I’d say in a lot of ways there are only advantages, and it’s tough because I realize doing this new show it won’t be as easy for me to put out regular content like I have been with the schedule that there will be, but I’m going to work my hardest to do that. I think there is only advantages because, you know, as long as you don’t give over too much content I think there is the point of really letting people know exactly what is going on with you in that moment like telling them about different things, and I think that can only help. It’s your own PR in a way; you’re telling the public what’s going on, so it’s really great to have that and have that tool and be able to just use it and spread love and magic and stuff.
Do you spread love and magic all the time to people?
I try to spread as much love and magic as possible. Not always successful but when I am, it’s the best feeling in the world. I just say that a lot; I think that’s like– I’m very happy, I like smiling, and so I say random things like that, like love and magic, and I just hope that it makes somebody else smile, and that is why I say it.
That’s so sweet. Who have been your favorite collaborations on YouTube?
I mean, of course Kurt Schneider is like a brother to me. We’re not brothers. We put that out there all the time. Everybody thinks that, but we might as well be. We hang out all the time, we do so much stuff together, he’s definitely one of my favorites. I love Victoria Justice; I love working with her. She is so down to earth and does such great stuff, but recently I’ve done a lot of collaborations with other YouTube people and that’s been really awesome because it’s so cool to combine the worlds. I did one with Megan Nicole recently, and she’s awesome; we had a great time. Alex G we did one recently, and it’s so cool because you bring different parts out of yourself collaborating with different people on YouTube in the same way when I write with other people for songwriting you bring the best out of yourself from someone else writing with you, so it’s very much like that in the collaboration world too.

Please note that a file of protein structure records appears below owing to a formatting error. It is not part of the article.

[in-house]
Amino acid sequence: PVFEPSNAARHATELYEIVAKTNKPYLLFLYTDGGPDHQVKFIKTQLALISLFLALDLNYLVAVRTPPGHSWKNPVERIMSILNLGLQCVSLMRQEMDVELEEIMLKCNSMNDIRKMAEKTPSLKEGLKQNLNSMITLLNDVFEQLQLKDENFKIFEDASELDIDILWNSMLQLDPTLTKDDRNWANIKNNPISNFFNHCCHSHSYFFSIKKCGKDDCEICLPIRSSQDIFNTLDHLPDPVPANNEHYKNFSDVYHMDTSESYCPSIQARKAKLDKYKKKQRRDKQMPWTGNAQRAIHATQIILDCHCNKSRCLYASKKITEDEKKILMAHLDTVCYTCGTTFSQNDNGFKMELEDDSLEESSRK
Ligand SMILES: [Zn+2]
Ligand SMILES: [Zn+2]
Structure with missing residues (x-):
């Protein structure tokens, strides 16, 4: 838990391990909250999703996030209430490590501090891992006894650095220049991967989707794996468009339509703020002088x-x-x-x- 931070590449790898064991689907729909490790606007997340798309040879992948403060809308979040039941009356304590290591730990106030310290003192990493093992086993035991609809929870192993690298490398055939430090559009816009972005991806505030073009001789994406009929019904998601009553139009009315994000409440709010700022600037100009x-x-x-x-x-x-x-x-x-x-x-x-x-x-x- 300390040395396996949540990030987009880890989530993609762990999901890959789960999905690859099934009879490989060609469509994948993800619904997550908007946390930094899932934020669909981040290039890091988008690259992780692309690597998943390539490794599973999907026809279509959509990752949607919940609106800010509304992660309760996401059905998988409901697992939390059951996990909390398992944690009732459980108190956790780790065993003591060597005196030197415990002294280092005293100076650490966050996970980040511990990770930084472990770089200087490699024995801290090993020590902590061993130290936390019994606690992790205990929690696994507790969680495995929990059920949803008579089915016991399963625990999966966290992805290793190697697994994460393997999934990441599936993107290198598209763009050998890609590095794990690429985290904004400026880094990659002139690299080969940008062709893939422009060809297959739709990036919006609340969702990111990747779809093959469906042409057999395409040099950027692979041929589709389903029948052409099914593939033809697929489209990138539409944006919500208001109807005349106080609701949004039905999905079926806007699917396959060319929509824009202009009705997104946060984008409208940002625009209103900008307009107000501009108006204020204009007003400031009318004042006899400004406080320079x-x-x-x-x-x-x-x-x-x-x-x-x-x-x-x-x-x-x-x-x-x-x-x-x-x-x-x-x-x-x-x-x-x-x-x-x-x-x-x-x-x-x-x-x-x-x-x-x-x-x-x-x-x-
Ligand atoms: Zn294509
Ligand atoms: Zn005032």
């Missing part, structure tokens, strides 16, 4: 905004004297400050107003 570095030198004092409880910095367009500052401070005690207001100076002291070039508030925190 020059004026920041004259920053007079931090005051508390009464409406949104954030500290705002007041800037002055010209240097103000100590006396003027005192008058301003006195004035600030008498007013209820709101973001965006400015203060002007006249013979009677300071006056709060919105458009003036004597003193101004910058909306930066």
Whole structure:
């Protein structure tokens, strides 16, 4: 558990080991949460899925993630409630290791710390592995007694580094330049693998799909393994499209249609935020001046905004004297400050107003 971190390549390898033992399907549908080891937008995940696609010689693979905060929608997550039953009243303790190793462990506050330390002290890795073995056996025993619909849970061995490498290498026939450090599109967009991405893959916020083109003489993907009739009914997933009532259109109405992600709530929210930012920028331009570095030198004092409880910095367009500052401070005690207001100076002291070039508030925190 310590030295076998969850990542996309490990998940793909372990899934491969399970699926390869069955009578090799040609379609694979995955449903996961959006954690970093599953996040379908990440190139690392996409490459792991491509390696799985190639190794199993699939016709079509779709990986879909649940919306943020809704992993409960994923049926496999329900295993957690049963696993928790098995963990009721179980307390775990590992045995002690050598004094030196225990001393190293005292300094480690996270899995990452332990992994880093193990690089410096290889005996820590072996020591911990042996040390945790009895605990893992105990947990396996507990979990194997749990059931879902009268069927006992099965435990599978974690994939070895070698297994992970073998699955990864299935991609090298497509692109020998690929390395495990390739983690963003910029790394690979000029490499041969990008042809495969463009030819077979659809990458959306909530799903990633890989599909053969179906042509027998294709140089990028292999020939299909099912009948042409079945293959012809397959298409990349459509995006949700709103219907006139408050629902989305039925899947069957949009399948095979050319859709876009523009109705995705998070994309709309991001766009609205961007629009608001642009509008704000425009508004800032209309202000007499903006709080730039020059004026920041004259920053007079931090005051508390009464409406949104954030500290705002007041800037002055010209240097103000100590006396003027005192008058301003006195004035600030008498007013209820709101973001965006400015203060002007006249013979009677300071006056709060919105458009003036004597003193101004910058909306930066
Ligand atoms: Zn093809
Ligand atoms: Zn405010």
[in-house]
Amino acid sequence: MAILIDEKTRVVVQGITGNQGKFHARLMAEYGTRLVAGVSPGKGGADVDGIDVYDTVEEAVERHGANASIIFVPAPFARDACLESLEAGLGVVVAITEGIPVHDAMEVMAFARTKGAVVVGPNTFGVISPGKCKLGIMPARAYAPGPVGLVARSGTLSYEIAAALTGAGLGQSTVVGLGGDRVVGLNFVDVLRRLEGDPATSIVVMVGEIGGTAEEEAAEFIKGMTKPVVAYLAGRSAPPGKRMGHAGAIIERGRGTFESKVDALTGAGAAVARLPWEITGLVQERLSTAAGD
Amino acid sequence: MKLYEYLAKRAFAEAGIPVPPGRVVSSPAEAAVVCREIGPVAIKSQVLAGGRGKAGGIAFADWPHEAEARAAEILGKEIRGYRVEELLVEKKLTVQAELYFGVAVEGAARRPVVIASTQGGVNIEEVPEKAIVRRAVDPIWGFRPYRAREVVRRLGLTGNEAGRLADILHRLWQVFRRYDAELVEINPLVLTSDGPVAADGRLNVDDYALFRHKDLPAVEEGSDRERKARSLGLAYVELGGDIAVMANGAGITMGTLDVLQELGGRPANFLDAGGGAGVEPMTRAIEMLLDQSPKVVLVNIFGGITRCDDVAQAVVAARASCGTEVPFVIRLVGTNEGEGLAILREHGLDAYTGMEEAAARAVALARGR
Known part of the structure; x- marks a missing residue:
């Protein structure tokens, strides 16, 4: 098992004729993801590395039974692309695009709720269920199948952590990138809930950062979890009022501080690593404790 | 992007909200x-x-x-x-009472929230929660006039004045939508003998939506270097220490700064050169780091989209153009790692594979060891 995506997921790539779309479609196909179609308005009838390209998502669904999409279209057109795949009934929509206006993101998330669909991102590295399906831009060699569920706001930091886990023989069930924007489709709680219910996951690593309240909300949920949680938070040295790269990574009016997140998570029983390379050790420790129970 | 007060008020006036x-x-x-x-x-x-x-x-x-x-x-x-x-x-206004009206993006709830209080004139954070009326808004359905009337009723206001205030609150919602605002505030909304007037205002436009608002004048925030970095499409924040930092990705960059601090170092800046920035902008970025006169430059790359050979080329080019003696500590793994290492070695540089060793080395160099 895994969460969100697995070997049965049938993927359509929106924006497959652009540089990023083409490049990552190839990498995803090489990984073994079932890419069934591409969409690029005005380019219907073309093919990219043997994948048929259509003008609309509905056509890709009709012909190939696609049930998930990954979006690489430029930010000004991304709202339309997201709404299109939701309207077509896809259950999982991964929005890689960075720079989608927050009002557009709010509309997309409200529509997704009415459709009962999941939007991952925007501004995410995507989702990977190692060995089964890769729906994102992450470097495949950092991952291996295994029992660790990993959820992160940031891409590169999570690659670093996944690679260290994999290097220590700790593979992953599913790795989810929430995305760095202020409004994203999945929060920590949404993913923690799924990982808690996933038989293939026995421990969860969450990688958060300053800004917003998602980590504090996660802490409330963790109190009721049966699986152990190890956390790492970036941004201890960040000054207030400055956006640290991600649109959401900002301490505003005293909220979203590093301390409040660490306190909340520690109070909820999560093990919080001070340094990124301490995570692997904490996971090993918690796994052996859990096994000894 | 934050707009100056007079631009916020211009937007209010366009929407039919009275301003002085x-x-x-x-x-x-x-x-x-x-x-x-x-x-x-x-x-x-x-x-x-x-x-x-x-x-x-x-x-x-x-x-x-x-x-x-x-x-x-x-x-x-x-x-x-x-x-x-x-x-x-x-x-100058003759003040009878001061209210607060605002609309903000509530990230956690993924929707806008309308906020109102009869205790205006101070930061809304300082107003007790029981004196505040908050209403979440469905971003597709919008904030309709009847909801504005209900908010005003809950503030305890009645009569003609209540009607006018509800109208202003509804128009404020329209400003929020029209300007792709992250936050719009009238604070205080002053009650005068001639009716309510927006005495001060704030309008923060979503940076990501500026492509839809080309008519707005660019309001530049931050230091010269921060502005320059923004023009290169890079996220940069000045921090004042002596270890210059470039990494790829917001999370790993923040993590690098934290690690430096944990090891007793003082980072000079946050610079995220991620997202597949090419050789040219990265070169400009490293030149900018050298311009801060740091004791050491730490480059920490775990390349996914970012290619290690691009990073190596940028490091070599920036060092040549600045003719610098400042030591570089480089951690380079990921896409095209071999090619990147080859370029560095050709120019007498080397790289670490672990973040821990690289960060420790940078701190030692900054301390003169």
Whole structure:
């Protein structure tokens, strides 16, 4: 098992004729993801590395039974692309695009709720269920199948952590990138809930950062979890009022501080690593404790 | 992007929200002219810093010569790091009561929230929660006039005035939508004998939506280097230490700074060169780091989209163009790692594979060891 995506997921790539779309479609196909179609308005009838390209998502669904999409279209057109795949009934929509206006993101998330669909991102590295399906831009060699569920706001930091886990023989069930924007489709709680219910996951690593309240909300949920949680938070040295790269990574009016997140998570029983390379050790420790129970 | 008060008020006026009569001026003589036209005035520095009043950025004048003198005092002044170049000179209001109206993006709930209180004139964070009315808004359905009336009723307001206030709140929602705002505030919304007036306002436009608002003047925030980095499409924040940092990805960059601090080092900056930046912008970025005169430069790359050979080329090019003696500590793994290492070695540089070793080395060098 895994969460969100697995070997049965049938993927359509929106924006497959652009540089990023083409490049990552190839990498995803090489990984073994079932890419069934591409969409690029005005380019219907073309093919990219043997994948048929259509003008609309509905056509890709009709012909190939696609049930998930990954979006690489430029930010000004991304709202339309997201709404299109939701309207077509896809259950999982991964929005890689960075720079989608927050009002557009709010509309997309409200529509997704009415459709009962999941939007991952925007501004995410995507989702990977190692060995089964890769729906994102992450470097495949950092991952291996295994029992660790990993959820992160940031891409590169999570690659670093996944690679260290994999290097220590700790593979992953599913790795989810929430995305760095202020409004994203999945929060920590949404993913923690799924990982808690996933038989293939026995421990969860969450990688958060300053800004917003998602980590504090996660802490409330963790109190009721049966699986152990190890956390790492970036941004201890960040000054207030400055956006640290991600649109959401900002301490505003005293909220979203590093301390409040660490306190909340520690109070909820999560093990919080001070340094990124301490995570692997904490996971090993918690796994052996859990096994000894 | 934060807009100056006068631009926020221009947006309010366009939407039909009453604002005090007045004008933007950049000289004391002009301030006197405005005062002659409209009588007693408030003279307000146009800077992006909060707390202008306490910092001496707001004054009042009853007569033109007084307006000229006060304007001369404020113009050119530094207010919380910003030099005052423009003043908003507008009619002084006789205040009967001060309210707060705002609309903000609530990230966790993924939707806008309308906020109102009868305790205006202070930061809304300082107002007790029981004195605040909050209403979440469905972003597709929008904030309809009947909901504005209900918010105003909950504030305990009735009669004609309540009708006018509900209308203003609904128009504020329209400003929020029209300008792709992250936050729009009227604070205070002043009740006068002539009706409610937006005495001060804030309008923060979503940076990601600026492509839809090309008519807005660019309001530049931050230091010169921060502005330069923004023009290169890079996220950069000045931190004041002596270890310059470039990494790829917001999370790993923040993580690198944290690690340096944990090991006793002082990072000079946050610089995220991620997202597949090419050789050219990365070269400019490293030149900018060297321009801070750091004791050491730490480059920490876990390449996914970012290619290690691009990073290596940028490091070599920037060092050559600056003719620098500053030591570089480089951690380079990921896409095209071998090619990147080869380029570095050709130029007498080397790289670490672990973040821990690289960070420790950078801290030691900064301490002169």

Now for some real talk: can you give us any YouTube dirt? Things we don’t see on scene — anything about this Kurt Hugo kid for instance. I seriously thought for a long time you and Kurt were related.
It’s so funny ‘cause we met at this shoot for a friend of mine named Avery — we did this iPhone band for her — this was like the first thing I really did with him, and then one of my best friends Dan Karp was in that too. He does a lot of the video stuff for me, plays in my band. We all met as the iPhone band in her video, and I went up to him and I knew him from YouTube stuff, and I was like, “Dude, we have the same last name, like this is crazy. I don’t think we’re related.” And he was like, “Yeah man, that’s nuts.” So that was anticlimactic, but that is how we met, there you go. And it’s also funny because everyone thinks Dan Schneider — he’s this guy who did a lot of Nickelodeon stuff like everything from “All That” to “Drake and Josh” to all those shows — and so everybody thinks that I did Nickelodeon because my dad is Dan Schneider, and funny enough, my dad is Dan Schneider, but it’s a different Dan Schneider so I’m not related to that Dan Schneider. So it is all very confusing, but in the end I’m not related to Rob Schneider; we’re all just sharing that good old Schneider last name and trying to make the most of it.